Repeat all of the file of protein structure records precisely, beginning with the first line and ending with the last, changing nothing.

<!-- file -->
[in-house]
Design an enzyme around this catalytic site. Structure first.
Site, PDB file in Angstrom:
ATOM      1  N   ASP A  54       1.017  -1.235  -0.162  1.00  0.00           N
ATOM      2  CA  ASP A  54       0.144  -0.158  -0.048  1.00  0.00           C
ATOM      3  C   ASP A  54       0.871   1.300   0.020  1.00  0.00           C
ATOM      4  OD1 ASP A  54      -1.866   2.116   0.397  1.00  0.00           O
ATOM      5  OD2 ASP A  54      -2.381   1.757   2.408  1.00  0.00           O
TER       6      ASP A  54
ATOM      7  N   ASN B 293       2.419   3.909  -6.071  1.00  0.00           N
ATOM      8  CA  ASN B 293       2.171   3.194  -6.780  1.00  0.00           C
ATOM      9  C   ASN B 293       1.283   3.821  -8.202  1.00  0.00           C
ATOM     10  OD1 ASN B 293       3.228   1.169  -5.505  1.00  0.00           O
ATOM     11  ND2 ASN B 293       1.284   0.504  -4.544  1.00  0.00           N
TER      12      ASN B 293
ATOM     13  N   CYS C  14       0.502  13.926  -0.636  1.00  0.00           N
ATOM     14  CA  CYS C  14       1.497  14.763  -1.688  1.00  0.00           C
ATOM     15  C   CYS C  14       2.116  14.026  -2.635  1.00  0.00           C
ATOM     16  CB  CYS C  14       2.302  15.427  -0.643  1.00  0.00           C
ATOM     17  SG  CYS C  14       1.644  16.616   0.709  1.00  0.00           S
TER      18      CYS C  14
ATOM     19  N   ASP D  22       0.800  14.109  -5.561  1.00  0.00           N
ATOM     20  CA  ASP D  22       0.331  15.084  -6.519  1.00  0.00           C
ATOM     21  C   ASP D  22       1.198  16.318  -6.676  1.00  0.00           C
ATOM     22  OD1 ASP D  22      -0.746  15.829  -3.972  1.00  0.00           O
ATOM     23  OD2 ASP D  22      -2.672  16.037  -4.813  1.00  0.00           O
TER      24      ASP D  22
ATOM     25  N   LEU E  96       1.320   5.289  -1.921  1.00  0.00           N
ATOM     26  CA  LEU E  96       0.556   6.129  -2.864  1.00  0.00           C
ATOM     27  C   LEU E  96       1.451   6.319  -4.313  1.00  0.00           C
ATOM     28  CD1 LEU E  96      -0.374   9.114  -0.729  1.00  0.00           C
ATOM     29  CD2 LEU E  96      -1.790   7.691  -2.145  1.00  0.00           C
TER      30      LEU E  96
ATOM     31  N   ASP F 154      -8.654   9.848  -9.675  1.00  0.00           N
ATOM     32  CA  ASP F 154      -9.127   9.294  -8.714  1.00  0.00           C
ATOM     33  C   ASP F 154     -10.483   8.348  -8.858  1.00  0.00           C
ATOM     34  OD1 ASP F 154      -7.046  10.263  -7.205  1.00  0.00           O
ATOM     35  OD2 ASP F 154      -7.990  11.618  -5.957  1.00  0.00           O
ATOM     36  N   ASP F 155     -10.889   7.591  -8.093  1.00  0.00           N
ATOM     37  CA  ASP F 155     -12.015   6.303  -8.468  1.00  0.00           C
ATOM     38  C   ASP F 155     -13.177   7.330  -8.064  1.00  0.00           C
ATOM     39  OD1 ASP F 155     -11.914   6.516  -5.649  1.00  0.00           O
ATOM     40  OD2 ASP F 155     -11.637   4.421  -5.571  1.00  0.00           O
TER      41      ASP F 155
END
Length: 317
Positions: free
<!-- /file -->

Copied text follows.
[in-house]
Design an enzyme around this catalytic site. Structure first.
Site, PDB file in Angstrom:
ATOM      1  N   ASP A  54       1.017  -1.235  -0.162  1.00  0.00           N
ATOM      2  CA  ASP A  54       0.144  -0.158  -0.048  1.00  0.00           C
ATOM      3  C   ASP A  54       0.871   1.300   0.020  1.00  0.00           C
ATOM      4  OD1 ASP A  54      -1.866   2.116   0.397  1.00  0.00           O
ATOM      5  OD2 ASP A  54      -2.381   1.757   2.408  1.00  0.00           O
TER       6      ASP A  54
ATOM      7  N   ASN B 293       2.419   3.909  -6.071  1.00  0.00           N
ATOM      8  CA  ASN B 293       2.171   3.194  -6.780  1.00  0.00           C
ATOM      9  C   ASN B 293       1.283   3.821  -8.202  1.00  0.00           C
ATOM     10  OD1 ASN B 293       3.228   1.169  -5.505  1.00  0.00           O
ATOM     11  ND2 ASN B 293       1.284   0.504  -4.544  1.00  0.00           N
TER      12      ASN B 293
ATOM     13  N   CYS C  14       0.502  13.926  -0.636  1.00  0.00           N
ATOM     14  CA  CYS C  14       1.497  14.763  -1.688  1.00  0.00           C
ATOM     15  C   CYS C  14       2.116  14.026  -2.635  1.00  0.00           C
ATOM     16  CB  CYS C  14       2.302  15.427  -0.643  1.00  0.00           C
ATOM     17  SG  CYS C  14       1.644  16.616   0.709  1.00  0.00           S
TER      18      CYS C  14
ATOM     19  N   ASP D  22       0.800  14.109  -5.561  1.00  0.00           N
ATOM     20  CA  ASP D  22       0.331  15.084  -6.519  1.00  0.00           C
ATOM     21  C   ASP D  22       1.198  16.318  -6.676  1.00  0.00           C
ATOM     22  OD1 ASP D  22      -0.746  15.829  -3.972  1.00  0.00           O
ATOM     23  OD2 ASP D  22      -2.672  16.037  -4.813  1.00  0.00           O
TER      24      ASP D  22
ATOM     25  N   LEU E  96       1.320   5.289  -1.921  1.00  0.00           N
ATOM     26  CA  LEU E  96       0.556   6.129  -2.864  1.00  0.00           C
ATOM     27  C   LEU E  96       1.451   6.319  -4.313  1.00  0.00           C
ATOM     28  CD1 LEU E  96      -0.374   9.114  -0.729  1.00  0.00           C
ATOM     29  CD2 LEU E  96      -1.790   7.691  -2.145  1.00  0.00           C
TER      30      LEU E  96
ATOM     31  N   ASP F 154      -8.654   9.848  -9.675  1.00  0.00           N
ATOM     32  CA  ASP F 154      -9.127   9.294  -8.714  1.00  0.00           C
ATOM     33  C   ASP F 154     -10.483   8.348  -8.858  1.00  0.00           C
ATOM     34  OD1 ASP F 154      -7.046  10.263  -7.205  1.00  0.00           O
ATOM     35  OD2 ASP F 154      -7.990  11.618  -5.957  1.00  0.00           O
ATOM     36  N   ASP F 155     -10.889   7.591  -8.093  1.00  0.00           N
ATOM     37  CA  ASP F 155     -12.015   6.303  -8.468  1.00  0.00           C
ATOM     38  C   ASP F 155     -13.177   7.330  -8.064  1.00  0.00           C
ATOM     39  OD1 ASP F 155     -11.914   6.516  -5.649  1.00  0.00           O
ATOM     40  OD2 ASP F 155     -11.637   4.421  -5.571  1.00  0.00           O
TER      41      ASP F 155
END
Length: 317
Positions: free